Cybersecurity teams were in high demand during containment, but what can we learn from the health crisis? Are there new issues or simply an evolution of trends that were already at work before the crisis?
IT departments were in high demand during the containment, and cybersecurity was naturally a concern of the companies, even if the answers were not always up to par. In a post-containment communication, CESIN experts reviewed the main changes brought about by the crisis. Some are developments accelerated by containment, but others are somewhat more surprising, such as the disappearance of the so-called traditional VPN. Here are the first post-containment conclusions of CESIN.
Landline is dead
Companies with massive amounts of mobile equipment have been particularly agile, adapting to confinement almost overnight. The price difference between a desktop PC and a laptop should no longer be an obstacle to equipping employees who have all become potentially mobile.
The traditional VPN will disappear
As many services are available in the cloud, employees are naturally connected directly to these services, from the Internet access from home. Employees used this connection rather than going through the VPN to connect to the corporate network, and then went to the Internet to use these services. As long as there is legacy, the traditional VPN will remain, but the meaning of the story is a direct connection to the cloud, which does not exempt from going through proxies and various layers of security, themselves in the cloud.
MFA is no longer an option
Of course, if we allow mobile users to connect directly to cloud services without going through the corporate network, we will have to generalize the use of strong authentication for all these services and not just for connect to the VPN. The concept of MFA is likely to finally spread to reduce the risk of identity theft, which is inevitable when users are allowed to log in to cloud services with simple passwords. The zero trust principle is more relevant than ever.
Updating posts will have to be redesigned
One of the main challenges during the crisis was to keep business PCs at an optimum level of security. Security updates were often a challenge for many before the crisis, whether in OS patching or security updates. How then to guarantee an update of the stations when they are all outside the company and not permanently connected to the network of the company? In addition to this issue of “reachability” of the stations, the VPNs will not carry large volumes of updates and the evolution should again go through more live updates.
Goodbye office directories
The crisis has undoubtedly sounded the death knell for traditional central file servers. Collaborative tools, and in particular online file sharing tools, were considerably deployed during the crisis. This had the effect of giving users much more autonomy, but without making them responsible. Indeed, in the previous model, it was the IT team that configured access while in the cloud model, users are delegated to organize shared spaces and secure access. But if sharing is simplified, it is difficult to master the subtleties of access to these shares. Above all, it is difficult to have a consolidated global vision and very easy to make mistakes. Entrusting these sharing tools without giving users any visibility on what they share is a very big risk in terms of data protection. Businesses will need to equip themselves with monitoring tools as well as additional tools to find information leaks on the Web in cases where prevention has not been enough.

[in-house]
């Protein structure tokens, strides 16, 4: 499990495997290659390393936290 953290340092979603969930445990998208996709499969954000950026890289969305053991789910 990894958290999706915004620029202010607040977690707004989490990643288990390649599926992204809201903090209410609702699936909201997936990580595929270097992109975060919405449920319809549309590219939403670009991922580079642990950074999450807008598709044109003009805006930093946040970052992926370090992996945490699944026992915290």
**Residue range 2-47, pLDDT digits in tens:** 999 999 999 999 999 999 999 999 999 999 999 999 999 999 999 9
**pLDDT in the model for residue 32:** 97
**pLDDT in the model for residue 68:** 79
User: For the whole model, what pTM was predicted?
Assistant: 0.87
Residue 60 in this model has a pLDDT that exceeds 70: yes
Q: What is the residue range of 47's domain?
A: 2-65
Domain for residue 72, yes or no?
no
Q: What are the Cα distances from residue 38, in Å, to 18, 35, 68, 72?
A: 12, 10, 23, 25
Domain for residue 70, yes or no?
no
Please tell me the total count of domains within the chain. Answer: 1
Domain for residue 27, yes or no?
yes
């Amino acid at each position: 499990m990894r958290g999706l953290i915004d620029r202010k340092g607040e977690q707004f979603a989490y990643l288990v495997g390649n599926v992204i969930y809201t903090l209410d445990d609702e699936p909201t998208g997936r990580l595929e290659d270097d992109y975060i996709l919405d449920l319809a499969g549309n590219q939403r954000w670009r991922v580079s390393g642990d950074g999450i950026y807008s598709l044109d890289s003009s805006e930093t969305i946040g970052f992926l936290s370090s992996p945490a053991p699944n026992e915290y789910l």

SOC is now a must
We saw it before the crisis, a lot of companies very affected by cyber attacks did not have SOC or they were in an embryonic state. Now with data scattered across multiple clouds, and equally dispersed users, the area of exposure to risk of attack becomes enormous. And we should not rely solely on the vigilance of the user. If the click too many triggers a crisis, the environment was vulnerable.
Whether internal, outsourced or mixed, whatever, SOC is now a centerpiece of a cybersecurity system. This trend was already there before the crisis, and it should progress rapidly. The capacity for surveillance, detection and response to incidents had become essential in addition to preventive measures. The crisis has accelerated the use of the cloud. We must rely on a SOC to vigilantly and reactively monitor what the new accesses and new delegations in the cloud allow, for all populations, administrators, architects, developers and in general, all users.
Reconsider your cyber roadmap
These examples are immediate technical or organizational consequences of the health crisis on cybersecurity, writes CESIN. “It is important to reconsider its cyber roadmap to ensure that the transformations resulting from the crisis are taken into account, but also to ensure that this roadmap is aligned with the strategic changes that the company will undertake in the coming months”, warns Alain Bouillé, General Delegate of CESIN.
But even if cybersecurity concerns do not change in nature, CESIN fears that they will become a little more complicated following the effects of the economic crisis on cybersecurity budgets. The caveat is clear: lower budgets may increase corporate exposure.
“Our businesses, which are strongly impacted economically, must
take care not to suffer cyber crises in the process, warns the article of CESIN. Considering the very high level of threat and the fragility that arises in transition periods, it would be dangerous to cut into cybersecurity budgets, which are more necessary than ever to protect business activity. “